Silage swards have higher potassium (K) requirements than grazed swards, according to Teagasc’s Mark Plunkett, who spoke at the recent Teagasc Soil Fertility Conference.

K plays a key role as it is necessary for the formation of sugar, starch and protein. Sufficient plant available, K is required during peak growth to drive nitrogen (N) efficiency for yield and reduce possible N losses through leaching or de-nitrification.

K deficiency will reduce grass yield rapidly in a silage sward, he noted, compared to a grazing situation, where K is recycled during dung and urine deposition.

Nationally, the application of fertiliser K on grassland farms is below the levels needed to replace K offtake by the silage crops and for maintenance of soil K levels (K index 3).

Plunkett said: “Intensively-cut grass silage removed significant quantities of nutrients at harvest time and may reduce soil fertility.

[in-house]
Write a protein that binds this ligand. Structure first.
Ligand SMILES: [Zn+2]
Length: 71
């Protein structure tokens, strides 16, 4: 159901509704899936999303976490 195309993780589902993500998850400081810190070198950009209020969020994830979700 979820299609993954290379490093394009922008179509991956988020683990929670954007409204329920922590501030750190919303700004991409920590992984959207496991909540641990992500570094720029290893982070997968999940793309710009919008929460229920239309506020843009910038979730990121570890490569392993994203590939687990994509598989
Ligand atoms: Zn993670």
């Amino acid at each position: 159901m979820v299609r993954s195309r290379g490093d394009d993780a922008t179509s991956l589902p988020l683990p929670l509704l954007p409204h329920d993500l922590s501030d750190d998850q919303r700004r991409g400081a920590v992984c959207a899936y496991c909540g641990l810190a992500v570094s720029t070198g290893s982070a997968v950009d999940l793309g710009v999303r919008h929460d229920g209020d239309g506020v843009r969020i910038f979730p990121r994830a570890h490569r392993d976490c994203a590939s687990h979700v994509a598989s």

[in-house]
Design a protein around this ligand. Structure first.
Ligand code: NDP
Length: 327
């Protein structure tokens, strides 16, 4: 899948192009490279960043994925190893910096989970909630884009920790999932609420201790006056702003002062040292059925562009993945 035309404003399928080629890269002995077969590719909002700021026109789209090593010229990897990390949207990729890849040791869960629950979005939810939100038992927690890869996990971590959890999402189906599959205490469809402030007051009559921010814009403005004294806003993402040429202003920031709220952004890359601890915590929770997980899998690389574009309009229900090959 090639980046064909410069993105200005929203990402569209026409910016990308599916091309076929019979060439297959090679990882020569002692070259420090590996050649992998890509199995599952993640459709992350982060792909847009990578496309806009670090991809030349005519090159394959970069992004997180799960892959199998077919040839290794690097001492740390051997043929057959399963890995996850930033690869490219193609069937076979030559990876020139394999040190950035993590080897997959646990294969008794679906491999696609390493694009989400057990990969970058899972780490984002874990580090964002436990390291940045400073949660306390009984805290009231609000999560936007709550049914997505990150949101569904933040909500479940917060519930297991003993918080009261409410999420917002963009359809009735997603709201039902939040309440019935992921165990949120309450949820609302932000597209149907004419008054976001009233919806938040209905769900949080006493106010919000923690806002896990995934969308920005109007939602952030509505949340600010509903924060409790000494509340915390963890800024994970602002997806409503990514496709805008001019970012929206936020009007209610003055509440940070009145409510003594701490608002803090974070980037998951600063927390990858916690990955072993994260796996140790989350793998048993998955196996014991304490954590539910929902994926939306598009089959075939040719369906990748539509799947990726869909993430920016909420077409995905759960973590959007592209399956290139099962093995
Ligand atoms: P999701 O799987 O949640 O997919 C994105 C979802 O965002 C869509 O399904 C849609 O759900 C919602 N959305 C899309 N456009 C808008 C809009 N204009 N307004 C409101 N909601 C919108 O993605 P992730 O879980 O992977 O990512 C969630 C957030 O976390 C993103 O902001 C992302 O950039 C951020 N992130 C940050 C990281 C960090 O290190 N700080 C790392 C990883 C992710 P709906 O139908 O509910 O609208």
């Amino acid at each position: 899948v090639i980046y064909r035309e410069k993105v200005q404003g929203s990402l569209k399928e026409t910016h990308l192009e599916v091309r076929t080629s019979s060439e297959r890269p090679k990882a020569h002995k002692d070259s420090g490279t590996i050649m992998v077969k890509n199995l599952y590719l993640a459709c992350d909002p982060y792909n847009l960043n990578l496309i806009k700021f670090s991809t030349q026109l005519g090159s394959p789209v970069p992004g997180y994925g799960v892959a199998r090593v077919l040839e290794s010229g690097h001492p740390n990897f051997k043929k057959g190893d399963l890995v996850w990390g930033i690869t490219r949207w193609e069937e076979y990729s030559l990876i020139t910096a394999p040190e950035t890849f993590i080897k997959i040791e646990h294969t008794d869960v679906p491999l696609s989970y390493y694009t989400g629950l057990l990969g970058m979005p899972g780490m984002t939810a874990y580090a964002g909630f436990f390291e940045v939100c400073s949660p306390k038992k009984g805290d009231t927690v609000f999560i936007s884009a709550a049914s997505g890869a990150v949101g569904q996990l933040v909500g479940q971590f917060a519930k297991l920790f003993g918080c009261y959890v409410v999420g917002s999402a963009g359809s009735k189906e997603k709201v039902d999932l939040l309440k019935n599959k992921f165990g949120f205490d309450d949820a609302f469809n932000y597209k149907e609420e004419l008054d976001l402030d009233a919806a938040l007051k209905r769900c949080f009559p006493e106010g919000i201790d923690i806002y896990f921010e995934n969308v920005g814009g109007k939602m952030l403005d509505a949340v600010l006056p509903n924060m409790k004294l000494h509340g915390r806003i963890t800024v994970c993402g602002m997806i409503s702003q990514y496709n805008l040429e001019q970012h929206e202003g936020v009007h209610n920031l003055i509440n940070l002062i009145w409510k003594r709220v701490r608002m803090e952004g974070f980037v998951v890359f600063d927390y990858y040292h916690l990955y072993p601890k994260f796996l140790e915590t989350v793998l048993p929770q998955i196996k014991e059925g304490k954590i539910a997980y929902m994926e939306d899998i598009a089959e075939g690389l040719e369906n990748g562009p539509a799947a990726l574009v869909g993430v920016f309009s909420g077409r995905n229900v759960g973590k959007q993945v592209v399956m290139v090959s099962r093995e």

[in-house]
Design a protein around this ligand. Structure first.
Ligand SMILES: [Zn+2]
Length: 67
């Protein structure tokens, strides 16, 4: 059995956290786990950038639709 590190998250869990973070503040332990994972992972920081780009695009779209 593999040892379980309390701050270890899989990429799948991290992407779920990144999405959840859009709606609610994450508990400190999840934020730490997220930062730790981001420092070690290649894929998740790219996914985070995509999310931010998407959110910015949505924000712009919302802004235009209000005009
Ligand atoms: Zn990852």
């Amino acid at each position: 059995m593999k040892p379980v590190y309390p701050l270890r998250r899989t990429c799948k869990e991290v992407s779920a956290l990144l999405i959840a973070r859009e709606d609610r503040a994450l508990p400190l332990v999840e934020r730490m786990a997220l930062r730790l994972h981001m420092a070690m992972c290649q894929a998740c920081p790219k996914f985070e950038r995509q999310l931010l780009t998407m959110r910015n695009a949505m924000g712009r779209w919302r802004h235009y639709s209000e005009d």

“Now is a good time to review soil test results and develop a fertiliser plan in time for the year ahead. Autumn is also a good time to apply lime and to replenish soil K levels – especially where extra grass cuts have been taken.

“This will reduce the likelihood of issues with grass tetany and N loss occurring where urea or slurry is applied in spring.”

Plunkett also noted that, over the last decade, the levels of K fertiliser applications on grassland farms have been insufficient to meet K offtakes from grazing and silage systems annually.

These low levels of K applications have been reflected in soil test results from grassland farms where the percentage of soils at index 1 continues to increase.

To produce annual grass silage requirements, he outlined, it is essential that recommended rates of K are applied at key times during the growing season.

This can be achieved by recycling the nutrients in cattle slurry back to silage fields and by selecting suitable compound fertilisers to top the crop’s K requirements.